TOKYO -- In a stark contrast to most Japanese companies' modus operandi, zipper behemoth YKK is looking to expand into the low-end market segment to compete with Chinese rivals head on.
Chairman and CEO Tadahiro Yoshida revealed the goal of spending 277 billion yen ($2.41 billion) in capital investment during a Thursday news conference here, as he unveiled the company's four-year business plan through fiscal 2020, which ends March 2021. A little over half of that amount will go toward the zipper business.
The medium-term business road map calls for YKK to lift its worldwide fastener sales to roughly 12.9 billion units in fiscal 2020, up 50% from the estimate for fiscal 2016. The company is banking on growth driven by the types of zippers that are used widely in low-priced apparel, bags and other items in China and other parts of Asia.
This region is also where 60% of the zipper investment is going. YKK will spend about 13 billion yen to upgrade its factories in Bangladesh, Vietnam and India, all key garment hubs, to boost capacity by more than 50%. The company will also raise the number of development centers in China and other Asian nations to 15, up from the current 10. Furthermore, it plans a 40% increase in development personnel in the region to 460.
These measures reflect Yoshida's repeated pledge that YKK "won't stay in our comfort zone of high-end products."
Offense is the best defense
YKK's forte is mid- to high-end zippers, which account for 80% of all the fasteners it makes. YKK fasteners boast high quality, as underlined by a claim that they won't break even after being opened and closed 10,000 times. Zippers inscribed with the familiar three-letter company name are used in a wide variety of products from Levi's jeans and Adidas gear to space suits and automobile seats.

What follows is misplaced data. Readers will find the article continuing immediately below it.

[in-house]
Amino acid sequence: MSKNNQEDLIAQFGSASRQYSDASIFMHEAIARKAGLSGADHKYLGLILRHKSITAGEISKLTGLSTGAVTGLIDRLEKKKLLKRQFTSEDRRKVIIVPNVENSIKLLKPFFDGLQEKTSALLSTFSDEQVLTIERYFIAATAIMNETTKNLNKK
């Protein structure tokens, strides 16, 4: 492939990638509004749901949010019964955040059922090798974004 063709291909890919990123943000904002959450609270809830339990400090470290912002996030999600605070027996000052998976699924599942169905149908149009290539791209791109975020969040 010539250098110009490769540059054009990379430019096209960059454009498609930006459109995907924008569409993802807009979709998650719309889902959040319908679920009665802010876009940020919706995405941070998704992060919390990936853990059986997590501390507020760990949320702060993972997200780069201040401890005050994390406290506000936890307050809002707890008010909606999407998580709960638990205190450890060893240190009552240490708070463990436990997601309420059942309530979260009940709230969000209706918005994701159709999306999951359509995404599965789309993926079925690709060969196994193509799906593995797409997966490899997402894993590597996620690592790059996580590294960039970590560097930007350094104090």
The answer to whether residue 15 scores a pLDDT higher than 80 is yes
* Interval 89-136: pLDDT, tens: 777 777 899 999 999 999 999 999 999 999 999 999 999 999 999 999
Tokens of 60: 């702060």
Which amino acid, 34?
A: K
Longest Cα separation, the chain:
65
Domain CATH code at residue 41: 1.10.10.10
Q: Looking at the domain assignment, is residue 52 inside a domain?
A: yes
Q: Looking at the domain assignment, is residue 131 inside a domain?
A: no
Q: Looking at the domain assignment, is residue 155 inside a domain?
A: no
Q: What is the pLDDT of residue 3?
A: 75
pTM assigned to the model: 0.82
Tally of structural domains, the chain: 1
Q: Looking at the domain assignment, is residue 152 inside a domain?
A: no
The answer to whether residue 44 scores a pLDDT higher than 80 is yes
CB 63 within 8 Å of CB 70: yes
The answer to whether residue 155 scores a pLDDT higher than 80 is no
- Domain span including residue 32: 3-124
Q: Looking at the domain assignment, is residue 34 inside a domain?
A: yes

Yet the Japanese company is setting its sights on the low-end market because it feels a threat from Chinese rivals. YKK is estimated to account for more than 40% of global zipper sales in value terms, but just 20% in volume. More than half of the remaining 80% are supplied by Chinese manufacturers.
The company has not forgotten its humble beginnings: When the company was founded about 80 years ago, no one expected it to become a global player with operations in 70 countries and regions. "A second YKK could emerge any time," said Hiroaki Otani, executive vice president.
The rise of fast fashion prompted YKK to work on slashing costs by reviewing its raw materials and taking other measures. But the effort failed to yield enough savings on low-priced zippers, which offer narrow margins to begin with.
The company's sales for the current fiscal year are expected to rise by 1.2 billion units from fiscal 2012, but this won't be enough to hit the sales goal of 10 billion zippers. Weaker-than-expected growth of generic fasteners have been cited as a major reason.
Open to change
"There's a limit to how much cost we can cut on existing products, so what we're going to do is make products with the concept of addition, rather than subtraction," President Masayuki Sarumaru said. The company will review its manufacturing techniques and materials to figure out a way to make money even with zippers priced comparably to Chinese-made products.
As part of its cost-cutting effort, YKK will open a research center in Kurobe, Toyama Prefecture, for the use of robots in production lines. The company has also launched a program to train foreign engineers from three months to three years, as it seeks to incorporate ideas from personnel from other parts of Asia into product development.